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As part of the Black Lives Matter leftwing movement pulling down statues and attempting to rewrite and erase British history, leftwing students at Newcastle targeted the name of the grade 2 listed building named after William Armstrong, the first Baron Armstrong, who was a major benefactor to the north east city.
A vote held on campus resulted in 78 percent rejecting renaming the building and only 18 percent supporting it while 4 percent abstained.
The vote was held because Baron Armstrong, who received his peerage in the year of Queen Victoria’s golden jubilee, made money selling weapons including to Cecil Rhodes, the founder of Rhodesia.
However, the industrialist and engineer provided thousands of jobs in Tyneside and was a major benefactor to the region.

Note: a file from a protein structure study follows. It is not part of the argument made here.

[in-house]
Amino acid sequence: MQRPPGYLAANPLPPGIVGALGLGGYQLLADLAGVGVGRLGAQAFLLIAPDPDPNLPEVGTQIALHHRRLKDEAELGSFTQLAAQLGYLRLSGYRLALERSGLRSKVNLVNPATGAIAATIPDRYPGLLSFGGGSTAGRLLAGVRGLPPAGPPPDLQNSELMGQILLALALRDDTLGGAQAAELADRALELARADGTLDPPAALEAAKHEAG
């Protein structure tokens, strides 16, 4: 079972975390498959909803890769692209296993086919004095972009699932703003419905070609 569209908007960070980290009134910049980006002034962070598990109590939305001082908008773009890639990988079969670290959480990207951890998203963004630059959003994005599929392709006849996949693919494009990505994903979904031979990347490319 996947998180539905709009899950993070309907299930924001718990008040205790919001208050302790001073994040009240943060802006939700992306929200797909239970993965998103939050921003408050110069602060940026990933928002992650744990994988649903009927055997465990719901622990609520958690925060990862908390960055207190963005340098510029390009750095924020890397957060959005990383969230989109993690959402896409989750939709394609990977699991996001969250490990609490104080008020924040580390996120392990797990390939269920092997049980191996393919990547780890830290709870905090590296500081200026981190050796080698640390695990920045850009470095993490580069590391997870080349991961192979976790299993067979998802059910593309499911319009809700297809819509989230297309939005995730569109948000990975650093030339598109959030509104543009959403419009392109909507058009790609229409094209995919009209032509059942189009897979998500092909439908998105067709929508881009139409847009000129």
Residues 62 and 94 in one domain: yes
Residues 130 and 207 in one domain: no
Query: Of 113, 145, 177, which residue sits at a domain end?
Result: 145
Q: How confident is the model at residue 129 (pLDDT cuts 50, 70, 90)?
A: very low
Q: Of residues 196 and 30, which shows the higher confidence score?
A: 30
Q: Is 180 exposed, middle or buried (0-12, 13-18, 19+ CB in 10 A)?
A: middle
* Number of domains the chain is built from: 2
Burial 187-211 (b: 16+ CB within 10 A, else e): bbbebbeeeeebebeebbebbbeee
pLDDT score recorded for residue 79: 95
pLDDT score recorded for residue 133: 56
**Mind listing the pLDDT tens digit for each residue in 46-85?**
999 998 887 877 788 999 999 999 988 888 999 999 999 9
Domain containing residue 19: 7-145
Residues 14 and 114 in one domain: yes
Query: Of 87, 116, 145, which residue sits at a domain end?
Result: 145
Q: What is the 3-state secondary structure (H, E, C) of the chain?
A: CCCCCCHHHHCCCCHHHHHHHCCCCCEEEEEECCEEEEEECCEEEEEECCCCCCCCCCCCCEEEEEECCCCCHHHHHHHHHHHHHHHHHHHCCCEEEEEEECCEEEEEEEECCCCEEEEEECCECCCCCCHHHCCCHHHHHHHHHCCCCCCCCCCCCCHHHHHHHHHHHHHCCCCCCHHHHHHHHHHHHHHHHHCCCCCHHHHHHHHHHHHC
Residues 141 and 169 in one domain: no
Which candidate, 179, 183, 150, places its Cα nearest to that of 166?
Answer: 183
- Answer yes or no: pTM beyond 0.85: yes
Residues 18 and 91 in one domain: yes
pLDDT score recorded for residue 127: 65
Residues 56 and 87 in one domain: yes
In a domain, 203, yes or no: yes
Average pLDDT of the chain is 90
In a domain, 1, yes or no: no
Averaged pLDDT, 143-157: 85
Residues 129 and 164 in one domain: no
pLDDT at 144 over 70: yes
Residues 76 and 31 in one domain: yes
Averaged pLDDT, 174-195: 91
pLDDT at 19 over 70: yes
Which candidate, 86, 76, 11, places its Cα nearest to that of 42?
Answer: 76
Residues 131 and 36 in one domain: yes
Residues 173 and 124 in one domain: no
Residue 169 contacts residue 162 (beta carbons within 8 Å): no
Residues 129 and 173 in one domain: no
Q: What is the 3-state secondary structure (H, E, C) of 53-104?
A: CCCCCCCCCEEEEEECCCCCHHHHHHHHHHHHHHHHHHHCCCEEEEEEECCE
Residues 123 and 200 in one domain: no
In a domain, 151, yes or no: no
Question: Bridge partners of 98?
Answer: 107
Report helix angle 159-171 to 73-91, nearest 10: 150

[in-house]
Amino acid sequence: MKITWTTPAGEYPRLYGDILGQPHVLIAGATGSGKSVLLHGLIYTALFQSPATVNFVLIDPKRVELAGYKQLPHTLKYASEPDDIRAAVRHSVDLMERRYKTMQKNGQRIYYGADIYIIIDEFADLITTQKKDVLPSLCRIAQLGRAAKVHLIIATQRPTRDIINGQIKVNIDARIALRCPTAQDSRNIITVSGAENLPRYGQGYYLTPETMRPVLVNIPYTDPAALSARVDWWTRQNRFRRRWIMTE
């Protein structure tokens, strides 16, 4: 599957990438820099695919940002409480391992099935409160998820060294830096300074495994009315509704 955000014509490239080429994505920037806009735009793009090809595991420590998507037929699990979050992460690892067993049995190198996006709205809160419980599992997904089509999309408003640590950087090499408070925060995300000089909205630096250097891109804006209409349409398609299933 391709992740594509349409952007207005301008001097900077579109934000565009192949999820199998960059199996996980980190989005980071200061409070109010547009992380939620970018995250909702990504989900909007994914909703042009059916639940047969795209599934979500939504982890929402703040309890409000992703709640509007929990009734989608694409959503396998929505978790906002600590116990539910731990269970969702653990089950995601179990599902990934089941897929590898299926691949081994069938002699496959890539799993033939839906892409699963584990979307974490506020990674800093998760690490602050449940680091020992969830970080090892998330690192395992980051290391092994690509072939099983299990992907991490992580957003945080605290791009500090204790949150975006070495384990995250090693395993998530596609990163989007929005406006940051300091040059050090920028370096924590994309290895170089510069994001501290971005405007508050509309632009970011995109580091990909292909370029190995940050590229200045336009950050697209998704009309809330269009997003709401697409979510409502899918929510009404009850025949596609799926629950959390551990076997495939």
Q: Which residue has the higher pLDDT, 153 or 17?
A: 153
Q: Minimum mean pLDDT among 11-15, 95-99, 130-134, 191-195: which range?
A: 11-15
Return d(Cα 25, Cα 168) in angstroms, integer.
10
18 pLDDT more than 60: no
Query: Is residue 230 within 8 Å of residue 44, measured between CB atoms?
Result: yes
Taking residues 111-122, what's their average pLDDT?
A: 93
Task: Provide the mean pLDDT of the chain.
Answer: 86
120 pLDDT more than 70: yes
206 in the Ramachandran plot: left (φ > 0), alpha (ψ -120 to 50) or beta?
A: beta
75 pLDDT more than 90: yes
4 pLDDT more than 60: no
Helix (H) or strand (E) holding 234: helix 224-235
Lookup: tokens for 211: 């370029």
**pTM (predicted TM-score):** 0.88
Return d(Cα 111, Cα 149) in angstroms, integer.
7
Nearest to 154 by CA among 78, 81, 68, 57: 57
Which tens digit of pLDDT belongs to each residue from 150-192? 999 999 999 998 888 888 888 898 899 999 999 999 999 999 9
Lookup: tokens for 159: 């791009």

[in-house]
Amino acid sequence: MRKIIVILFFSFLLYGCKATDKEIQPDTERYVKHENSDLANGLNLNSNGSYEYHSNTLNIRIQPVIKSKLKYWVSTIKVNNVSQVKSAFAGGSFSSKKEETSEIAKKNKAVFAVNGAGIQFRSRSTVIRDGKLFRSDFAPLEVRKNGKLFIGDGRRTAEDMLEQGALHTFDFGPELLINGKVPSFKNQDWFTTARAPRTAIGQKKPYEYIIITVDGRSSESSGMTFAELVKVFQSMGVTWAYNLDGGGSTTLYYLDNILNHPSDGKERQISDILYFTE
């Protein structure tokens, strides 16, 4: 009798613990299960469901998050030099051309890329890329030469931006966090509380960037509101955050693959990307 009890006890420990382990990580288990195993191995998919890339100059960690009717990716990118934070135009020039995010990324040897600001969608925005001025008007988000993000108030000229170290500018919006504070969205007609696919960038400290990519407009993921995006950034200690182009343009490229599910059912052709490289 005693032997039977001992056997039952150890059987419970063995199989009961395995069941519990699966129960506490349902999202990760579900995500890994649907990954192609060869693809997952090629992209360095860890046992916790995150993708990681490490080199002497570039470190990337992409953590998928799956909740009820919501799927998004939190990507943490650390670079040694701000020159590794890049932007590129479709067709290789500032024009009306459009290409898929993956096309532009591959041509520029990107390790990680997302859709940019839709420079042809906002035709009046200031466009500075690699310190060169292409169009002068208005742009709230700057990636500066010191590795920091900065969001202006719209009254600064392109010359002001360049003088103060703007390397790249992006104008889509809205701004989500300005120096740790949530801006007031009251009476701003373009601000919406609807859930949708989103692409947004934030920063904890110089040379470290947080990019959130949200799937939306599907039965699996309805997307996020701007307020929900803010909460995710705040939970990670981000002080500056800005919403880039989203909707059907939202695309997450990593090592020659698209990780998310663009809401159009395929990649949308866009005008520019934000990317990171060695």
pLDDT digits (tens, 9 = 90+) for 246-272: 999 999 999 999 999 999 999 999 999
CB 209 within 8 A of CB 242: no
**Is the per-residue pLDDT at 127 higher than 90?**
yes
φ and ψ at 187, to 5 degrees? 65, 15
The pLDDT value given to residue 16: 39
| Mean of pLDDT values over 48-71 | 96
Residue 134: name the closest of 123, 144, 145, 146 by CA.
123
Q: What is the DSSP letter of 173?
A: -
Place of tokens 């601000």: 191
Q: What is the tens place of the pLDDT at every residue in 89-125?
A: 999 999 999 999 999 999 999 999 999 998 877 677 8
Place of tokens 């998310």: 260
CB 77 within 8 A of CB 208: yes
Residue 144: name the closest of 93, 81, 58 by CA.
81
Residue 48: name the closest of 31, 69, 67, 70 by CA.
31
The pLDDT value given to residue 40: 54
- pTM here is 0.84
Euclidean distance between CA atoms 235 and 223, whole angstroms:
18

William Hayes, the faith and belief student union officer and son of former minister Sir John Hayes, was one of the team of Conservative campaigners who managed to save Baron Armstrong’s memory.
He said: “I am delighted to see the good name of Armstrong maintained at the university. He was a major benefactor to Newcastle, the university and Tyneside and it would have been shameful and destructive to remove his name in this manner and erase him from history.
“This was a victory for common sense.”
The row has echoes over the campaign to remove Rhodes’ statue from Oriel College at Oxford University where the authorities are now consulting on taking it down.
However, the result at Newcastle is being widely seen as a fightback by “the silent majority” with a survey by the thinktank Policy Exchange showing that seven in 10 people are proud of Britain’s history and oppose removing statues and memorials by “a vocal minority.”
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